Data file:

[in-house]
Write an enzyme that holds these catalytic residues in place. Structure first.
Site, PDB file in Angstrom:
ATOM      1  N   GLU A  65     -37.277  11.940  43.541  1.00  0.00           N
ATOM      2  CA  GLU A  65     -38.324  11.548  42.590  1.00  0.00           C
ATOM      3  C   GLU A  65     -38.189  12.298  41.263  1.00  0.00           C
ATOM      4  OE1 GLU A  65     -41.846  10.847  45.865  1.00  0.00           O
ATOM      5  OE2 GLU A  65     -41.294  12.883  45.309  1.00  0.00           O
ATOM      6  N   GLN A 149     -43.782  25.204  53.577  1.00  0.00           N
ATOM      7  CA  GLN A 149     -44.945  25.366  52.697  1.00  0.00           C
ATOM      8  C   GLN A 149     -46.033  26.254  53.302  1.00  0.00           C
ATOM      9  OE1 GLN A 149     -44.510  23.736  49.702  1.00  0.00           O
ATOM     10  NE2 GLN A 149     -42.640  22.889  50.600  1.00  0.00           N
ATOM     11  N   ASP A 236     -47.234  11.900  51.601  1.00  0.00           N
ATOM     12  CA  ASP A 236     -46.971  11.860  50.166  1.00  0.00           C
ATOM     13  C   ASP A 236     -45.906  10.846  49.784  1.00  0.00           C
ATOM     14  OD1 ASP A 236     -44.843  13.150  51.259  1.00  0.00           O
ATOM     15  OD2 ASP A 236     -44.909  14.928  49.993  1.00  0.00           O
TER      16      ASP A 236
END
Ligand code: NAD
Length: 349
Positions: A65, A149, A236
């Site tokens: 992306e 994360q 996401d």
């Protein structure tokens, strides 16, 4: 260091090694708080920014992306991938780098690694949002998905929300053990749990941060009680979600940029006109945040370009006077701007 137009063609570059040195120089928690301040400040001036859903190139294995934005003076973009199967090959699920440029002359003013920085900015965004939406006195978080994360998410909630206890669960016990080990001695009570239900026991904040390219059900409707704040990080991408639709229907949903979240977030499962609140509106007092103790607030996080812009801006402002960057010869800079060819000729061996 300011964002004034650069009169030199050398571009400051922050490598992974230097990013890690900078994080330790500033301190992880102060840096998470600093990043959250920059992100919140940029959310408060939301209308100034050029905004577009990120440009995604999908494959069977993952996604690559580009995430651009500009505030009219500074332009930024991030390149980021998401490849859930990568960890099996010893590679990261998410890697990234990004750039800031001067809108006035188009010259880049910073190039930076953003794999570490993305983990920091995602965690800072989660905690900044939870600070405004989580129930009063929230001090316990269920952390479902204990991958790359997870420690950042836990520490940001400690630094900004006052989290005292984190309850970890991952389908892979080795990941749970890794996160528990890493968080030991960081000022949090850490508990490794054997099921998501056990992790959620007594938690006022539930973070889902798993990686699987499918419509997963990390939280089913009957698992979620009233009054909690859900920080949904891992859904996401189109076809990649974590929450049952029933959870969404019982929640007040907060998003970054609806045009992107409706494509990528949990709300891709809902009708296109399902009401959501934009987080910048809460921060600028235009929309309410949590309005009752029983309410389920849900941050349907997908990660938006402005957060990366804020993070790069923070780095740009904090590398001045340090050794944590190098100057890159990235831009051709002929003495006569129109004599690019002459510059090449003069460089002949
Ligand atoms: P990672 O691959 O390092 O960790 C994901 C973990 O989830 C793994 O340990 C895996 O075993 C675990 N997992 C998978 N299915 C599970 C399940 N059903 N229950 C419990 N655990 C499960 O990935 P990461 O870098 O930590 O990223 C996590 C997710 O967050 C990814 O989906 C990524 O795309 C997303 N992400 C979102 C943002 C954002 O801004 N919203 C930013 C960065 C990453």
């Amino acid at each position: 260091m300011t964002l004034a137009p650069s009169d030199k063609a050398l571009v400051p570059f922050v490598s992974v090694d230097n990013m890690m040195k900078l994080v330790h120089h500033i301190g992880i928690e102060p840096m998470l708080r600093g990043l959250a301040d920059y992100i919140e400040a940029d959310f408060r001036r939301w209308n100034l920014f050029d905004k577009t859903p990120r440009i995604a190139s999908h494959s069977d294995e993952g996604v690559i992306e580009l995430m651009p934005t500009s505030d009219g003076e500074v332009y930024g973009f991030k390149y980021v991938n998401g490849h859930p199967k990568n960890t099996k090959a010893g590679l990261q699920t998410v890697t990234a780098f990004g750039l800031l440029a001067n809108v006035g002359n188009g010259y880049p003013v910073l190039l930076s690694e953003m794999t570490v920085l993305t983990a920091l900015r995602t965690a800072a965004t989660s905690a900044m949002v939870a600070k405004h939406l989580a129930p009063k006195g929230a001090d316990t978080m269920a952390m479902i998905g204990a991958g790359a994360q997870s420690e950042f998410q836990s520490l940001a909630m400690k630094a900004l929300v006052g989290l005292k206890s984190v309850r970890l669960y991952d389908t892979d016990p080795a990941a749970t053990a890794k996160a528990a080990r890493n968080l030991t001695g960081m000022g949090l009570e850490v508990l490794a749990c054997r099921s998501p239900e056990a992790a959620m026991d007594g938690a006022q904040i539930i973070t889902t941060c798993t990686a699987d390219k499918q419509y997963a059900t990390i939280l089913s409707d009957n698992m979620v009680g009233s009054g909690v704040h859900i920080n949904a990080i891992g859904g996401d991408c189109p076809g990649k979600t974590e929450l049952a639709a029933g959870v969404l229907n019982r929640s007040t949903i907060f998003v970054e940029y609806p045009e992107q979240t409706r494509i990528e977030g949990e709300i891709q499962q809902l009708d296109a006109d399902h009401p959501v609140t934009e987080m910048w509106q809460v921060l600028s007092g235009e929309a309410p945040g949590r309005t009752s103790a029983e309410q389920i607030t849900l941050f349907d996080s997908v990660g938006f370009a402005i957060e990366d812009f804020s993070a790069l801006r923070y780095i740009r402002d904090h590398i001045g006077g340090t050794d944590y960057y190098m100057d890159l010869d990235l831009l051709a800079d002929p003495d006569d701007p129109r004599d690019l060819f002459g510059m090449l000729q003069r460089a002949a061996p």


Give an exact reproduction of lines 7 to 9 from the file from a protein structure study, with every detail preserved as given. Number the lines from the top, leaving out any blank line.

ATOM      4  OE1 GLU A  65     -41.846  10.847  45.865  1.00  0.00           O
ATOM      5  OE2 GLU A  65     -41.294  12.883  45.309  1.00  0.00           O
ATOM      6  N   GLN A 149     -43.782  25.204  53.577  1.00  0.00           N